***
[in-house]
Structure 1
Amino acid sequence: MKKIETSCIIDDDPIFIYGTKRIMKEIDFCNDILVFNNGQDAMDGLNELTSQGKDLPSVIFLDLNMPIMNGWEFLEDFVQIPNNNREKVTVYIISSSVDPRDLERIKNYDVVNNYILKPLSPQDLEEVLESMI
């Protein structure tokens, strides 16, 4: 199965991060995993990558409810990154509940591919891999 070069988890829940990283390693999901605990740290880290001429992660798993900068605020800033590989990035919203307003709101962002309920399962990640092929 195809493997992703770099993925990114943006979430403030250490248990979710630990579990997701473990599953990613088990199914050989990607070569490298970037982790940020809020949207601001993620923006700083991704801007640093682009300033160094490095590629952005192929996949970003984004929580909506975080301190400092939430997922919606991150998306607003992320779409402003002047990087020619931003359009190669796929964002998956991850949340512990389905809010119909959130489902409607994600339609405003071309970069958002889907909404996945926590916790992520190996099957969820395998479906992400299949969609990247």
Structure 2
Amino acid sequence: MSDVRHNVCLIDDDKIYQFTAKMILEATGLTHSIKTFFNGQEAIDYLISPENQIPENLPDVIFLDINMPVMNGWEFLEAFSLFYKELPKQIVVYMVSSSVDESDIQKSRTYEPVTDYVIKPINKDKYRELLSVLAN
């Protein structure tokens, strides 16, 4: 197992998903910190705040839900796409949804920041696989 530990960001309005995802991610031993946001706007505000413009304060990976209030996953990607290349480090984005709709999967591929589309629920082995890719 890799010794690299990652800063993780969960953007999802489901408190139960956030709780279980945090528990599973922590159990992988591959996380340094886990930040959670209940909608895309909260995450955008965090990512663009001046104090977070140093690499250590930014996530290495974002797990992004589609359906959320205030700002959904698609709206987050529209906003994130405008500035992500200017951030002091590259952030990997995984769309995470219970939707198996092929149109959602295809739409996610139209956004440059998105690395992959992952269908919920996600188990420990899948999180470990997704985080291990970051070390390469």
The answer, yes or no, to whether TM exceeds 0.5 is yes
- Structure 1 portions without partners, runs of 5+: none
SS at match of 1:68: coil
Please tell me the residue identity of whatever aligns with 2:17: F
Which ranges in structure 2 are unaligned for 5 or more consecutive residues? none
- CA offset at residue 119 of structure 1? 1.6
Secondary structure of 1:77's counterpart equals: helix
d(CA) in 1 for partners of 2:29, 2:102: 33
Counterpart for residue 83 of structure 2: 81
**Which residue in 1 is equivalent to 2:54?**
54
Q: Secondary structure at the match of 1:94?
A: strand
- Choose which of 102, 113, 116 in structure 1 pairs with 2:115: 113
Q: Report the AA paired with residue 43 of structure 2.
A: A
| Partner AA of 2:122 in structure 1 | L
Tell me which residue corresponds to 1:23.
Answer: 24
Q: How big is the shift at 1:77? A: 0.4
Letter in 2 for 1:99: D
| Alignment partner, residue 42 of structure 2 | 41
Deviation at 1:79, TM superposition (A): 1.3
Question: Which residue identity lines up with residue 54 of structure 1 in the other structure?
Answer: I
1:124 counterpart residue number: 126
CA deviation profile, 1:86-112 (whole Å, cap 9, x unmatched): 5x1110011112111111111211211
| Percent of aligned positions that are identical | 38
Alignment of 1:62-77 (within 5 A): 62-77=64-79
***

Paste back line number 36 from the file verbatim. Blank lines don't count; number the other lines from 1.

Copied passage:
Alignment of 1:62-77 (within 5 A): 62-77=64-79